This extensive restoration project was completed December 2019, nearly one year after it began.

Woodland Cemetery & Arboretum


The restoration of this monument was completed from January through May 2019. Matilda Stanley, Gypsy Queen of the U.S., was royally buried at Woodland Cemetery and Arboretum in 1878. It is exceedingly rare that royalty would be buried here, but here she rests with a newly restored monument.  In October 2015, it became apparent that the monument was not level and beginning to sink. Durable Restoration was brought in to make emergency repairs, which included a new concrete base around the cemetery monument and concrete walkway.

St. John's Episcopal Church, Lancaster, OH

Through careful research and planning, Durable Restoration preserved a portion of St. John’s Episcopal Church for future generations.

Recently, the Lancaster church’s front steps started to buckle an  crack apart due to an ongoing issue that had not been correctly addressed until Durable Restoration was brought in to remedy the problem.

“We do a lot more investigation and research. We don’t just go in and repair,” said Don Holton, a Durable Restoration foreman with more than 26 years of experience. “We figure out the problem rather than covering it up.”

Due primarily to rust jacking, the metal railing on the church had started to corrode, expanding and causing the steps to crack, where the metal meets the stone at the base of the railing, Holton said. Initially, another contractor had repaired the stone steps, but failed to address the rusted metal railing.

The solution required a three pronged approach for the railing. Our craftsmen grinded away all areas of rust and applied a rust-preventative paint to the railing. The next step was the installation of a PVC pipe over the bottom portion of the railing. An epoxy was then applied to provide a water-tight seal between the railing and stone.

Having already removed the broken pieces of stone, our masons installed stainless steel rods to connect the pieces to the base of the stairs. Using a color-matching mortar, the stones were patched together using Cathedral Stone Products, which requires a certification from the parent company.

“The details require a lot of experience,” Holton said. “It takes a pretty good eye to do this kind of detailed work. ”Durable Restoration had previously done stone patching on the Union Terminal at the Cincinnati History Museum and marble patching at Tomochichi Federal Building and U.S. Courthouse in Savannah, Georgia.

“We’re different than other companies. We want to know what’s causing the problem.” Holton said. “If you just patch it and don’t know what caused it, you’re going to have to come back. If we repair it, it’s going to last a lifetime.”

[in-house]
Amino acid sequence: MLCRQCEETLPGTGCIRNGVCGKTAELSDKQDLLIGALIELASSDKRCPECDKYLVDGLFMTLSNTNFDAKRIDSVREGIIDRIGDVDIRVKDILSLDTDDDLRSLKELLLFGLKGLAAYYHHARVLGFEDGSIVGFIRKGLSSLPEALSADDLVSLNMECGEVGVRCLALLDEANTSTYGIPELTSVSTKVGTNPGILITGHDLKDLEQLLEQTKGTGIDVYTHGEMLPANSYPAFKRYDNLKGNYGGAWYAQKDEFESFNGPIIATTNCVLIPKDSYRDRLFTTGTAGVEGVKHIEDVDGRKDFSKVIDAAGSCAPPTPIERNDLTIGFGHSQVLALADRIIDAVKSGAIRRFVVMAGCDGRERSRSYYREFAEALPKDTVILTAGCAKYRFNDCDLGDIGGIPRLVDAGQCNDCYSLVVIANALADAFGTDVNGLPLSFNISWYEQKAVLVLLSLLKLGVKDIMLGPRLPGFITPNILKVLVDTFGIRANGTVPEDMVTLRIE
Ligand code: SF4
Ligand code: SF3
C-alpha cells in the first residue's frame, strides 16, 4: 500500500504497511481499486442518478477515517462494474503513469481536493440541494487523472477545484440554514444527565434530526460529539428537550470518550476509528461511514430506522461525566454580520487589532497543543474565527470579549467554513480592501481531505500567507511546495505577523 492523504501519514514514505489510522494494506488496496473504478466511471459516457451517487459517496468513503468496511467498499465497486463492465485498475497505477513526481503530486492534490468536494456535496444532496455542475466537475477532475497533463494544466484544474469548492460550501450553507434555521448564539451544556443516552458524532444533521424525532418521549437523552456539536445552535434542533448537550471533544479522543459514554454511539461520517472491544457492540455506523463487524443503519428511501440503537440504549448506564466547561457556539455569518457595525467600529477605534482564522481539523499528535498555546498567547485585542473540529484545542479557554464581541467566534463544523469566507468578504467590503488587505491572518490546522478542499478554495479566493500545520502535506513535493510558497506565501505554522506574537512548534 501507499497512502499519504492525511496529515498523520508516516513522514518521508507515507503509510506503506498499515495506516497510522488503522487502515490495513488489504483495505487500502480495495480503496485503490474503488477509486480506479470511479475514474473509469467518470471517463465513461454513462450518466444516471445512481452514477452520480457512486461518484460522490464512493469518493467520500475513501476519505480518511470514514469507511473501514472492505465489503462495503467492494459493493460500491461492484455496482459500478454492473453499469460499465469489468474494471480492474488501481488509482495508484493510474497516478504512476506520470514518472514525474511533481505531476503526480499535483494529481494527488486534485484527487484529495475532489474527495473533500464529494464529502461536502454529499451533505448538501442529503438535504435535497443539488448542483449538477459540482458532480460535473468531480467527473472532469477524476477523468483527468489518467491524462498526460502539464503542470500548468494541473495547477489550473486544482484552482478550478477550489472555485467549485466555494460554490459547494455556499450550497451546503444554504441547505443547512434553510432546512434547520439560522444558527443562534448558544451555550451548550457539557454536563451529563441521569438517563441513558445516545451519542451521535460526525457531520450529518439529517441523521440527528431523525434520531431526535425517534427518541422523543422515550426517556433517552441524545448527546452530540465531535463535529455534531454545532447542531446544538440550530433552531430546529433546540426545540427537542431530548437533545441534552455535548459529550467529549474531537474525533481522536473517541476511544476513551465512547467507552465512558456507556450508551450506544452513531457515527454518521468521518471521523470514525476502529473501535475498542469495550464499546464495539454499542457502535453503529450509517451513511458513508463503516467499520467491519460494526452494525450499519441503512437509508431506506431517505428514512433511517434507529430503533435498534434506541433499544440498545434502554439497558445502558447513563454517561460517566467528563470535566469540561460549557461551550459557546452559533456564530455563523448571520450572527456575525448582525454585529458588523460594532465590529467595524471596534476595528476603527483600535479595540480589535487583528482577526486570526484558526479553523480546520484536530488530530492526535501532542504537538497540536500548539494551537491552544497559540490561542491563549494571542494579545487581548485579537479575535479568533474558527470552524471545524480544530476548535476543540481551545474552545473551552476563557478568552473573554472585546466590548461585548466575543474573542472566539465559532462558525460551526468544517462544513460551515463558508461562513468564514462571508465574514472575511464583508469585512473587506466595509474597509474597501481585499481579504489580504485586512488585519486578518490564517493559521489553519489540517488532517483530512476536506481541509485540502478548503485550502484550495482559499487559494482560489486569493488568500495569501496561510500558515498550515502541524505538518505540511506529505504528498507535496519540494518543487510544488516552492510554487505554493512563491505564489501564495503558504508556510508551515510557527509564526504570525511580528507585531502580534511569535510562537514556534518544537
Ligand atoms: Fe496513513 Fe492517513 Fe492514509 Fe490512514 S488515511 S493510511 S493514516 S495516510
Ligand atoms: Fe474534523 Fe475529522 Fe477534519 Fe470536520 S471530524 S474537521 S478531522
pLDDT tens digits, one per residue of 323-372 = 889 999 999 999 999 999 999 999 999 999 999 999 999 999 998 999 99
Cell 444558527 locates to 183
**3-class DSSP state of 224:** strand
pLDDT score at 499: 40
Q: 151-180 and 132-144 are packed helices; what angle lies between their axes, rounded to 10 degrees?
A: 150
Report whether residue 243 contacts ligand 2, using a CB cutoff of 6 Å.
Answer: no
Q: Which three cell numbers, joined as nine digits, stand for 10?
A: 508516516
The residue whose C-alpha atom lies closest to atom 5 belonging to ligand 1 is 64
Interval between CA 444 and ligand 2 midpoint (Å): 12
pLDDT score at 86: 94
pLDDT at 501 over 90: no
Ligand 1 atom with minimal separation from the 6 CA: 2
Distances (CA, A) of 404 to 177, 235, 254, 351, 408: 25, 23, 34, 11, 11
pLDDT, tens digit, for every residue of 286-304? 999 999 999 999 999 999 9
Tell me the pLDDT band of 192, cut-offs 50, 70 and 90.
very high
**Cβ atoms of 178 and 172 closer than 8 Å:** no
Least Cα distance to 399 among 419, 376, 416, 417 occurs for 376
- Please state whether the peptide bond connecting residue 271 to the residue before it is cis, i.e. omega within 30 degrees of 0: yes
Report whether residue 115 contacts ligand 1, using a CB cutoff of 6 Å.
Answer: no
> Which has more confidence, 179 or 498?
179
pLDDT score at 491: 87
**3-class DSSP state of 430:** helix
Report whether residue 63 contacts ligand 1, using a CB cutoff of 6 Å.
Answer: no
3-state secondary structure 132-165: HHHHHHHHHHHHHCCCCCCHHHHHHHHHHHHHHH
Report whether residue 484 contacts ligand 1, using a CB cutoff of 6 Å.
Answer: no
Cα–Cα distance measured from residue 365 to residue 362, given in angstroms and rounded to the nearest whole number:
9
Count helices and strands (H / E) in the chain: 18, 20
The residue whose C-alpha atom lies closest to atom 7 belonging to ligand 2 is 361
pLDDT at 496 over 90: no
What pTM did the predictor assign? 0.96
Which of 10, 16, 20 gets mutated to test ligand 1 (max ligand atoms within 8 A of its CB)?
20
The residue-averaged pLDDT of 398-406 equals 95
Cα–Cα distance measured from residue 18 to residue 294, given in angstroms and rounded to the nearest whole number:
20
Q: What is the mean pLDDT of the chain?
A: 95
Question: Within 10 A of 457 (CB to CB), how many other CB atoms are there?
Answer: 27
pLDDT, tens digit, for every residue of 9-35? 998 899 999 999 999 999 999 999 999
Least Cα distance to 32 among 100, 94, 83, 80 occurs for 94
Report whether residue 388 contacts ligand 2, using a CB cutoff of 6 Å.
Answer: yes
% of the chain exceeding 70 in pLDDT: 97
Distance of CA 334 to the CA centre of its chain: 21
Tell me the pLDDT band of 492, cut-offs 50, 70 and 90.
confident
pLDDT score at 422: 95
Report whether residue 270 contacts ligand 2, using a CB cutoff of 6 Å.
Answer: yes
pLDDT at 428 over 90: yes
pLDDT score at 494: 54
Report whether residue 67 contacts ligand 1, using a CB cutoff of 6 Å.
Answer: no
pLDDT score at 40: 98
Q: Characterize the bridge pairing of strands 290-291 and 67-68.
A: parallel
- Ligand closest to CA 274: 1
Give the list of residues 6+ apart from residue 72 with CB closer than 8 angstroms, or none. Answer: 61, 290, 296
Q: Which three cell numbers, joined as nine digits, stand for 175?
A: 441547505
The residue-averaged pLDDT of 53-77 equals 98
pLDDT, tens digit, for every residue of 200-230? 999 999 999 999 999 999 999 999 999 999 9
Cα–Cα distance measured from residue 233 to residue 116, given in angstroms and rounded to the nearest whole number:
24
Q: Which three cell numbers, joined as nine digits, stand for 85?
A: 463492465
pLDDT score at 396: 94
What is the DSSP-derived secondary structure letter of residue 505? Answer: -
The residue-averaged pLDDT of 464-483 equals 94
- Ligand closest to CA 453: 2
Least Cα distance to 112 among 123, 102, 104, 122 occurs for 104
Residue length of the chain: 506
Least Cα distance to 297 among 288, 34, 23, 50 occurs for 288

Don Holton has been with Durable Restoration for three years and spent an additional 23 years working as a residential/commercial contractor. He has significant expertise in general construction, roofing, historic masonry and plaster repair and restoration.

Soldier's Monument, Forest Cemetery, Circleville, OH

Originally built in 1888, this monument features a lone soldier overlooking Forest Cemetery's fallen Civil War soldiers. It was erected to honor John H. Groce, a local Union officer who was killed December 1864.

“During the ensuing 127 years, the monument remained untouched, a testament to the quality of the work,” Jack Mader, master of ceremonies said during the rededication ceremony. “However, the ravages of time and the elements finally brought about the need for a major overhaul.”

The scope of work on Soldier's Monument included repairing the original steel structure at the base, approximately 30 bullet holes, and the separated copper seams. The sandstone base was cleaned, pointed, and repaired as needed.

Featured in the Circleville Herald: Historic Civil War Monument rededicated in Forest Cemetery.

Cincinnati Union Terminal

Built in 1933, Union Terminal was once used as a large passenger station that supported seven railroads. As the building aged, the steel structural support began to rust. The rusting of the beams created pressure within the building, forcing stones out of the exterior façade.

Our restoration work began with removing the brick backing and the stones, revealing the rusted steel inside. Once the steel was repaired, our work consisted of restoring the damaged brick and matching it to that of the original.